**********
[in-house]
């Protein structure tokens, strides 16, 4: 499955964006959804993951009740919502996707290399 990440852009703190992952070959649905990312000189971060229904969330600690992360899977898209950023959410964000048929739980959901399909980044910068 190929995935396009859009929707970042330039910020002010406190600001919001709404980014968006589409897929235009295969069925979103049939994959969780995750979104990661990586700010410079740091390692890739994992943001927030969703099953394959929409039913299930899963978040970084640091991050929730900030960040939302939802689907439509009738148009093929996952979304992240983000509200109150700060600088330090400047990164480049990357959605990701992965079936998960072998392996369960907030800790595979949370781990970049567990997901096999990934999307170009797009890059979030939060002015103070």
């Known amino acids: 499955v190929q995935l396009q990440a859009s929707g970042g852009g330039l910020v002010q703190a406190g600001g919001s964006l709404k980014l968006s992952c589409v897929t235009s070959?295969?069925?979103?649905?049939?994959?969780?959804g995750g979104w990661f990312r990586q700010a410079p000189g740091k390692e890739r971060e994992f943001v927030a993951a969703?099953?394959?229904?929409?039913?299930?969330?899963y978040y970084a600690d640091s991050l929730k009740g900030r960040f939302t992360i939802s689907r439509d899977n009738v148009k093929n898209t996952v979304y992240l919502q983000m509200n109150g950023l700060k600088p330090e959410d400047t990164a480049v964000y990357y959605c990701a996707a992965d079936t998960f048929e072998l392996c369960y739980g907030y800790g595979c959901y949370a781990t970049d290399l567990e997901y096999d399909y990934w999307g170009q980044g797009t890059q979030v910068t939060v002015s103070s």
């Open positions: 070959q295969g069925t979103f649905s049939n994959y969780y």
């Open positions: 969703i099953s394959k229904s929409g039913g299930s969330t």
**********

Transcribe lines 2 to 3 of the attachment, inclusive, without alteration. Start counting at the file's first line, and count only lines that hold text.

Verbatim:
């Protein structure tokens, strides 16, 4: 499955964006959804993951009740919502996707290399 990440852009703190992952070959649905990312000189971060229904969330600690992360899977898209950023959410964000048929739980959901399909980044910068 190929995935396009859009929707970042330039910020002010406190600001919001709404980014968006589409897929235009295969069925979103049939994959969780995750979104990661990586700010410079740091390692890739994992943001927030969703099953394959929409039913299930899963978040970084640091991050929730900030960040939302939802689907439509009738148009093929996952979304992240983000509200109150700060600088330090400047990164480049990357959605990701992965079936998960072998392996369960907030800790595979949370781990970049567990997901096999990934999307170009797009890059979030939060002015103070």
């Known amino acids: 499955v190929q995935l396009q990440a859009s929707g970042g852009g330039l910020v002010q703190a406190g600001g919001s964006l709404k980014l968006s992952c589409v897929t235009s070959?295969?069925?979103?649905?049939?994959?969780?959804g995750g979104w990661f990312r990586q700010a410079p000189g740091k390692e890739r971060e994992f943001v927030a993951a969703?099953?394959?229904?929409?039913?299930?969330?899963y978040y970084a600690d640091s991050l929730k009740g900030r960040f939302t992360i939802s689907r439509d899977n009738v148009k093929n898209t996952v979304y992240l919502q983000m509200n109150g950023l700060k600088p330090e959410d400047t990164a480049v964000y990357y959605c990701a996707a992965d079936t998960f048929e072998l392996c369960y739980g907030y800790g595979c959901y949370a781990t970049d290399l567990e997901y096999d399909y990934w999307g170009q980044g797009t890059q979030v910068t939060v002015s103070s």